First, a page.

thu 18/07/2024

Ripper Street, BBC One | reviews, news & interviews

Ripper Street, BBC One

Ripper Street, BBC One

Matthew Macfadyen becomes the latest detective to battle with the Ripper's legacy

Matthew Macfadyen (centre) with his trusty sidekicks Adam Rothenberg (left) and Jerome Flynn

Perpetually reborn in movies and TV series, Jack the Ripper rides again in Ripper Street, which is set in Whitechapel in 1889, in the aftermath of the much-mythologised murders. Except this time, the subject isn't the Ripper himself so much as the dread and hysteria he left in his wake, which shrouds the murky streets like poison gas.

We got the message in the opening sequence, when sightseers on a tour of notorious Jack the Ripper landmarks stumbled across a murdered woman, her body grotesquely slashed and mutilated in the old familiar ways (pictured below). Instantly, the neighbourhood started going demented with fear, and tremors of alarm ran through the police officers of Whitechapel's H Division. Detective Inspector Edmund Reid (Matthew Macfadyen) worked on the original murders, and the prospect of them starting again is his worst nightmare.

Ripper StreetFortunately he has some capable and determined assistance on hand. Detective Sergeant Drake (Jerome Flynn) is big, rough and ugly, an officer quite happy to go undercover and take a battering as a bareknuckle fighter to help bring down bent boxing promoter Joseph Smeaton. Then there's Captain Homer Jackson (Adam Rothenberg), a former surgeon in the American military and an ex-Pinkerton detective (you can tell there's a BBC America dimension to this production). The cool and laconic Jackson also has an interesting relationship with whorehouse-madame Long Susan  - played by the suddenly ubiquitous MyAnna Buring (pictured below), startlingly transformed from her below-stairs turn in Downton Abbey last week - though we'll have to wait for full details to emerge.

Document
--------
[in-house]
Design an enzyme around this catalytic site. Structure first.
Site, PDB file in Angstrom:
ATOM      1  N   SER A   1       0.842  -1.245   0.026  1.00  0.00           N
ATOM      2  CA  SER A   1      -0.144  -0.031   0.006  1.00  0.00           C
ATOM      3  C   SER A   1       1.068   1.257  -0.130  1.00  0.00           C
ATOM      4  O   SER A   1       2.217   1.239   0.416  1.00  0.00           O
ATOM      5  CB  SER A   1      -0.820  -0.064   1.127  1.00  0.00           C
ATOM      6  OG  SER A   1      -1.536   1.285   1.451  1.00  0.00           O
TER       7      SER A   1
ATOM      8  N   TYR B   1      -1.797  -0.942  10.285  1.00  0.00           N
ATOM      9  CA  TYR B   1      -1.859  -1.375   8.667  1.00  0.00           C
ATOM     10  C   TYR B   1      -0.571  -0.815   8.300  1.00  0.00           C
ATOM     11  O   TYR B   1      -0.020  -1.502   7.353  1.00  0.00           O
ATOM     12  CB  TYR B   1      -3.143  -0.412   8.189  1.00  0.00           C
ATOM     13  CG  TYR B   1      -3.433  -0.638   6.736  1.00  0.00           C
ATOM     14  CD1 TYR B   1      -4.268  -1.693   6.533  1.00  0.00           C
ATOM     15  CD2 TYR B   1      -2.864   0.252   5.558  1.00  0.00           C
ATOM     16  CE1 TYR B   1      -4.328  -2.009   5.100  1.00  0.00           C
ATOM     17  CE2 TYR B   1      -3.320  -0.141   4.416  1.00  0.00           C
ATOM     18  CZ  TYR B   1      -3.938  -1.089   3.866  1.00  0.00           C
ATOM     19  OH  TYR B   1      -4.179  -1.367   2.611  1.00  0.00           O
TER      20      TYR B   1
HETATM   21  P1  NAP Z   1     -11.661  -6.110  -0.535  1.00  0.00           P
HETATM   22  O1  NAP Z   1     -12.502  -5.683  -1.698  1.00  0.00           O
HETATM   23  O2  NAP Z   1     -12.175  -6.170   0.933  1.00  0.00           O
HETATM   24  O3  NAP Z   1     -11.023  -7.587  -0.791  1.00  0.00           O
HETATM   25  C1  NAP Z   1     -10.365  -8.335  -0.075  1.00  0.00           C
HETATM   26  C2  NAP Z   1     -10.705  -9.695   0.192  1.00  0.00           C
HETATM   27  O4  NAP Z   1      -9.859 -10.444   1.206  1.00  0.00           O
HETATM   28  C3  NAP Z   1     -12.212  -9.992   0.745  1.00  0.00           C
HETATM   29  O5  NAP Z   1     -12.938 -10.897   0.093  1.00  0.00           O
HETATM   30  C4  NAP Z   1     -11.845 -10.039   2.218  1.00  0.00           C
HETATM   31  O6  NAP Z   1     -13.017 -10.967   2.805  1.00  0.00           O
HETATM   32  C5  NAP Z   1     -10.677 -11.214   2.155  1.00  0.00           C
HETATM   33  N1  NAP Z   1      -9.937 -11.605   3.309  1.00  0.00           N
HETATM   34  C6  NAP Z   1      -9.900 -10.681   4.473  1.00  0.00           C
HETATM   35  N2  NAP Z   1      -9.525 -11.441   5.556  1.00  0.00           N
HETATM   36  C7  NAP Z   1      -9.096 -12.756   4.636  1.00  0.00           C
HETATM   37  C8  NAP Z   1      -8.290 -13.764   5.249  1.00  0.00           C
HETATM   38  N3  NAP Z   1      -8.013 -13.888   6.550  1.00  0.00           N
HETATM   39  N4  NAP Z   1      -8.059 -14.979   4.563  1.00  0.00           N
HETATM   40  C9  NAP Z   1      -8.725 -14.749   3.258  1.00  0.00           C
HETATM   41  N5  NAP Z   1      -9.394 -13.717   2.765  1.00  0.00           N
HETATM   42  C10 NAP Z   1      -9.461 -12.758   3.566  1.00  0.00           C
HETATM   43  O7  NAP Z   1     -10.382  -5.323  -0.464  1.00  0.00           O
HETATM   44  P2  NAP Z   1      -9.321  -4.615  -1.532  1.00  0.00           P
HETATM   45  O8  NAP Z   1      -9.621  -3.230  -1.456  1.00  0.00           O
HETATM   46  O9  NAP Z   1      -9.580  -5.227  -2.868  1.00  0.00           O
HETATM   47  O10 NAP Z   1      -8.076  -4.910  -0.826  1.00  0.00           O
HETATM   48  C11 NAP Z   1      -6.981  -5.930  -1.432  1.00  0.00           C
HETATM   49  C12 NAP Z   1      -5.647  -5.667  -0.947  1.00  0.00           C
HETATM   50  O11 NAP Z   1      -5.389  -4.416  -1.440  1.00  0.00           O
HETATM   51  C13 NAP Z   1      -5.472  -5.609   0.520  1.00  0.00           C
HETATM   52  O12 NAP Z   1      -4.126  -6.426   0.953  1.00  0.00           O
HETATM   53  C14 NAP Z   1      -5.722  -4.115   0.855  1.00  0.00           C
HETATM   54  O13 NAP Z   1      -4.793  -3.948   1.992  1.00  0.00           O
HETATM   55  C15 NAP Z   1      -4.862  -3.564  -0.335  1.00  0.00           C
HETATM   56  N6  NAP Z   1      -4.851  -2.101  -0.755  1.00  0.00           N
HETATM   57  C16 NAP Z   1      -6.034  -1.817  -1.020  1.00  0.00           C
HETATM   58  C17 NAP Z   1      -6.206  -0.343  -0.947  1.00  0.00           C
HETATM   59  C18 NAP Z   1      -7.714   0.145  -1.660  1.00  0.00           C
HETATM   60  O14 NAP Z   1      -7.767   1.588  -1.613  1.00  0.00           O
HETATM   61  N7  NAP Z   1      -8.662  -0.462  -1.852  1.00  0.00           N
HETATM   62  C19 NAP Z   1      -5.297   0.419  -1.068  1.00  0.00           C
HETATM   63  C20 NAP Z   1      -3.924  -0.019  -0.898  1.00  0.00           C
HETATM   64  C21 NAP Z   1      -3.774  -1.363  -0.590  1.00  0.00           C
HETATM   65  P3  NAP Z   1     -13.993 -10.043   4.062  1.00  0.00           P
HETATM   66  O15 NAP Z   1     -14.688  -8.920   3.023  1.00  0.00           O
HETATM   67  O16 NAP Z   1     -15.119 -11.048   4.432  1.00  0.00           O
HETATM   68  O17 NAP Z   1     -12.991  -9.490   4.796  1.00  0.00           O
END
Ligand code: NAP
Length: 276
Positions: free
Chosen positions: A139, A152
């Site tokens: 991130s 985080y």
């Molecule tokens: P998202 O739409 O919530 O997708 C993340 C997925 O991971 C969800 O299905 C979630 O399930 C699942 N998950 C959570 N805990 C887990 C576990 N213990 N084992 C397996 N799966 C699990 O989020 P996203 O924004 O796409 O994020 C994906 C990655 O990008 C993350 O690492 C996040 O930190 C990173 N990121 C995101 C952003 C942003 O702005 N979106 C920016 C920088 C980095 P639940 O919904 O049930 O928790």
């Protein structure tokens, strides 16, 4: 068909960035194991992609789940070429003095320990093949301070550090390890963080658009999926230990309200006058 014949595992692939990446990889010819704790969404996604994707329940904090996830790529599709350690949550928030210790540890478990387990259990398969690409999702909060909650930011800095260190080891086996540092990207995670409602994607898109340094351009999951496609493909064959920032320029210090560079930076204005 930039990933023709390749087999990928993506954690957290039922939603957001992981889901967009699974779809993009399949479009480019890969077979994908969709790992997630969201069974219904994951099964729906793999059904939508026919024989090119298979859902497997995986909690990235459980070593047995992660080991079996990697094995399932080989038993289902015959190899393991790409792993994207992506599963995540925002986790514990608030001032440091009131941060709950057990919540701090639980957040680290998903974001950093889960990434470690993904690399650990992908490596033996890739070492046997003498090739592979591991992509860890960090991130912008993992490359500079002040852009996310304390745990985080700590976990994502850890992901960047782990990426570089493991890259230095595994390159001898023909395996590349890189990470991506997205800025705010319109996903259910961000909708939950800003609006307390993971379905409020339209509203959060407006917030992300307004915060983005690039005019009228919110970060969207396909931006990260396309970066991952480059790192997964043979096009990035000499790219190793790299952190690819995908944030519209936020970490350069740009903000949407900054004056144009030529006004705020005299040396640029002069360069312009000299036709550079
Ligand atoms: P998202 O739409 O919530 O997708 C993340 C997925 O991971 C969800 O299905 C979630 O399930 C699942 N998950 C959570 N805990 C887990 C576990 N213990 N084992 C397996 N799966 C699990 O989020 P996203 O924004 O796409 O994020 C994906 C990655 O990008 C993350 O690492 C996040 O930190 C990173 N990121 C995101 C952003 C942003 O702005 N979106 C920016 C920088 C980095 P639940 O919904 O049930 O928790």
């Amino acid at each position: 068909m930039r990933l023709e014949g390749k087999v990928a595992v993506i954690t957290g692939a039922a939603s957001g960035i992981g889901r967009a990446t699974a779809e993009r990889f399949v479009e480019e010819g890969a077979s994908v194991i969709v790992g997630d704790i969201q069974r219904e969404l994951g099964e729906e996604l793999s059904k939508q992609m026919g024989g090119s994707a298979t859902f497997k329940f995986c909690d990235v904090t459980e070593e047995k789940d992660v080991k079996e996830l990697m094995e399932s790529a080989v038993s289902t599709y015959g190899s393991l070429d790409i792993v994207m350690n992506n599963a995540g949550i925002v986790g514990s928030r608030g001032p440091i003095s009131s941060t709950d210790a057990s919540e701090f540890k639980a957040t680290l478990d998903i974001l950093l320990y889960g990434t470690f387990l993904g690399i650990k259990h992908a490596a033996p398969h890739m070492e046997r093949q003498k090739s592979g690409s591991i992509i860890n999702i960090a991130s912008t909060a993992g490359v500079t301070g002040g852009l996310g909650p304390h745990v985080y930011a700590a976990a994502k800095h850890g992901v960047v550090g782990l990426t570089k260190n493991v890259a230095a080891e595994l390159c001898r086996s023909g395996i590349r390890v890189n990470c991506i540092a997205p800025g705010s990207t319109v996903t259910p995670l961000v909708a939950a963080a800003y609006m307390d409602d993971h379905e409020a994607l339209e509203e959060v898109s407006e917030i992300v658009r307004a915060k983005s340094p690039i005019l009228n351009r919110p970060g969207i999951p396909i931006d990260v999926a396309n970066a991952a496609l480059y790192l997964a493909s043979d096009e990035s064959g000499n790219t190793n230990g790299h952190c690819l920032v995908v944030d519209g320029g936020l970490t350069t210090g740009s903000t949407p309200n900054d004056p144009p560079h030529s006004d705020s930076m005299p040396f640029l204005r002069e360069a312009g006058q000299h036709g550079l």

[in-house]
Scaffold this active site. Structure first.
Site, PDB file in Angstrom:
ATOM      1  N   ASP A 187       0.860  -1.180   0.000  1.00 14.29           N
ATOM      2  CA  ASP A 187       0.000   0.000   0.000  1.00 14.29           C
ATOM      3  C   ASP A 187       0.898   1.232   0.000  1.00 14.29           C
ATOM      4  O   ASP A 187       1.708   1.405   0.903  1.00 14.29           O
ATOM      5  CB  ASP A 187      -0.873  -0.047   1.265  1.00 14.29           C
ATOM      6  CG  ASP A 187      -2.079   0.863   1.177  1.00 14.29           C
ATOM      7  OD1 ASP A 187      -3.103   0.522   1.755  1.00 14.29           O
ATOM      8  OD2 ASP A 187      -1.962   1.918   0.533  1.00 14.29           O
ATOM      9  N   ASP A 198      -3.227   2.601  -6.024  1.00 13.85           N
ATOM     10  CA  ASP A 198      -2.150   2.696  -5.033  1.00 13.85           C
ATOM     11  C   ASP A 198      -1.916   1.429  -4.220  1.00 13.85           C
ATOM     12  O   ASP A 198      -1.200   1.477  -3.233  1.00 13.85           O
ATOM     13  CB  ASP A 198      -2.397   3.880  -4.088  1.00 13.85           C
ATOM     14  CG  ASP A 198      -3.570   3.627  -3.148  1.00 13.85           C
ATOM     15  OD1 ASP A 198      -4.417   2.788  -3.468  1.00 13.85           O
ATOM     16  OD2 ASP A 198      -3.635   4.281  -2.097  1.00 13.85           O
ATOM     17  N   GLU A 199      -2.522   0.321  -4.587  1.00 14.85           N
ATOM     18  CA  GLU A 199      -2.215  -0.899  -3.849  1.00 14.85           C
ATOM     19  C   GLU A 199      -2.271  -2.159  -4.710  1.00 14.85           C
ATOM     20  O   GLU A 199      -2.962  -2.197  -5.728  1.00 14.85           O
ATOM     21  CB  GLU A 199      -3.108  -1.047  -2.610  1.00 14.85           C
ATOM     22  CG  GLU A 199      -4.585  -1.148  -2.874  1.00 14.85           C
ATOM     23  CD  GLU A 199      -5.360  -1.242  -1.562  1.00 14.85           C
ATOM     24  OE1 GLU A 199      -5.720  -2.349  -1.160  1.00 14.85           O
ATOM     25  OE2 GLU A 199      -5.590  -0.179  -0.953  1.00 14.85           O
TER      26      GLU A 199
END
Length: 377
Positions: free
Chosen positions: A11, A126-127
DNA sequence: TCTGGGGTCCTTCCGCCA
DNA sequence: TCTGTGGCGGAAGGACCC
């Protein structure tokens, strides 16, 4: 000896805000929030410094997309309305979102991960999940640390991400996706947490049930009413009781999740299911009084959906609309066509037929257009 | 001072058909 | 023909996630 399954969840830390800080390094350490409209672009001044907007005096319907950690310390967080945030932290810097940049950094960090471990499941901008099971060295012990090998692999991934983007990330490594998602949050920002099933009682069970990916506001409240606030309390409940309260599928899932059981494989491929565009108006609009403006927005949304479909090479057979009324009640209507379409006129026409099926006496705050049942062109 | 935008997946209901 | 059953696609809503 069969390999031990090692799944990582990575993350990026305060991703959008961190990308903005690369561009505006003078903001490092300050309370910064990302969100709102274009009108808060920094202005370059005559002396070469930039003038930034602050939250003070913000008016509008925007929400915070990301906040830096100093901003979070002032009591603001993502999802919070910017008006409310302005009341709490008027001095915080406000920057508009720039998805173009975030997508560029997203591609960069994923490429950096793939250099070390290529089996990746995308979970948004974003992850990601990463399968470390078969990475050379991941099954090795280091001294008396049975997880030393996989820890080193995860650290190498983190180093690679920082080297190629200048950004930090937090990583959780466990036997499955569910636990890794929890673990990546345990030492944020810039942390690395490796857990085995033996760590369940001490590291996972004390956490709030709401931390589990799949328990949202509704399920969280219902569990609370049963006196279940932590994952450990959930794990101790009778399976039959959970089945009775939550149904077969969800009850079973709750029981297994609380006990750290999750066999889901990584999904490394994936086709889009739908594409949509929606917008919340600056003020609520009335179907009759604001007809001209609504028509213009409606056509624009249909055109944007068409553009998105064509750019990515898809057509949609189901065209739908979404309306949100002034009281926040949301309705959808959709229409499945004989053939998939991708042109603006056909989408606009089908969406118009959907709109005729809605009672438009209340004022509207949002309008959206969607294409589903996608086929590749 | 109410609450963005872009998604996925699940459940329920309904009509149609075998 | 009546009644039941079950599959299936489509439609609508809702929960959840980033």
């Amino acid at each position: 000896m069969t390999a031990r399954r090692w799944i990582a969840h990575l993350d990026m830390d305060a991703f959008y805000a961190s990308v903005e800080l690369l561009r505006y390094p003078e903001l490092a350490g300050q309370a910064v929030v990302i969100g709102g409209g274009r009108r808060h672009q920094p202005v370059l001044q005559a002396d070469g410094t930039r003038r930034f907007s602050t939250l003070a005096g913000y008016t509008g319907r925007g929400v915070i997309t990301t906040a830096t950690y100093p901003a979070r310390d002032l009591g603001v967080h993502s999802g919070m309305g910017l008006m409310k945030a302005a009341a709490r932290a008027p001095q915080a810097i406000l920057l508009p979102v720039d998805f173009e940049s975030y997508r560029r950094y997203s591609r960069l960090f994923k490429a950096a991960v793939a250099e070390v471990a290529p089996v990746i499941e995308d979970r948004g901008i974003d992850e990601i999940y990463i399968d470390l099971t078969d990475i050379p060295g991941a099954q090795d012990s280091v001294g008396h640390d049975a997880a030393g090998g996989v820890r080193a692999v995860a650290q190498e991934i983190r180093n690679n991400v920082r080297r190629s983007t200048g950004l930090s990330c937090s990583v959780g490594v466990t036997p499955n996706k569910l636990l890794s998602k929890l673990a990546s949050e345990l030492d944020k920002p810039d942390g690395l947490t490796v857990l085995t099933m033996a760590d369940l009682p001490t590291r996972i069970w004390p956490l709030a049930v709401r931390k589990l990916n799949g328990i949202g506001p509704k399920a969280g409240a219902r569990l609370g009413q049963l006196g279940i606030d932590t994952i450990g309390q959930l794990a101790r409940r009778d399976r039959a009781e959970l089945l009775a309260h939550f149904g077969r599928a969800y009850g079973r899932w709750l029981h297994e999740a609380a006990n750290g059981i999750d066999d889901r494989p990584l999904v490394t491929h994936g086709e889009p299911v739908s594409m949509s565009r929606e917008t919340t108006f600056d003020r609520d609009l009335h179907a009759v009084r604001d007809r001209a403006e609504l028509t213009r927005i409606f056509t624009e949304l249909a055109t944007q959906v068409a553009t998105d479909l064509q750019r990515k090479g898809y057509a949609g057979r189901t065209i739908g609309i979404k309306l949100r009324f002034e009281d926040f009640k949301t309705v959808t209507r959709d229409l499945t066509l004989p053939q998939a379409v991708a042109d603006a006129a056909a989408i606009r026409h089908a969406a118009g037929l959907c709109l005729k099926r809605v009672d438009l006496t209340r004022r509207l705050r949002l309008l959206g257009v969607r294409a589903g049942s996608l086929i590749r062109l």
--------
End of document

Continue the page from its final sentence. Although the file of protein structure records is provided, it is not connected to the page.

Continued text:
Devised and written by Richard Warlow, a veteran of Mistresses and Waking the Dead, Ripper Street successfully suggests the turbulence and squalor of the East End near the close of the 19th century, thanks to some subtly archaic quirks in the dialogue and use of Dublin locations which work better than you'd expect. It also seems to have borrowed some of the turbo-Victorian éclat from Guy Ritchie's Sherlock Holmes films. It doesn't have their vastly elaborate sets or super-slo-mo digital effects, but it does have something of their hectic pace and neurotic energy, and a not dissimilar soundtrack of souped-up electro-folk music.

Ripper Street, MyAnna BuringMacfadyen steps up into the role of Reid with a stubbly physicality and strident assertiveness you might not have expected from him, and his action-man dimension was given full vent as he and his sidekicks found themselves plunged into a sinister underworld of pornographic snuff movies, orbiting around the louche and perverted Sir Arthur Donaldson (Mark Dexter). Themes of voyeurism and media sexploitation also lent the piece a recognisably 21st century feel, with the sordid tabloid reporter Best (David Dawson) brusquely fingered by Reid for daubing the scenery with Ripper-like slogans to whip up popular panic.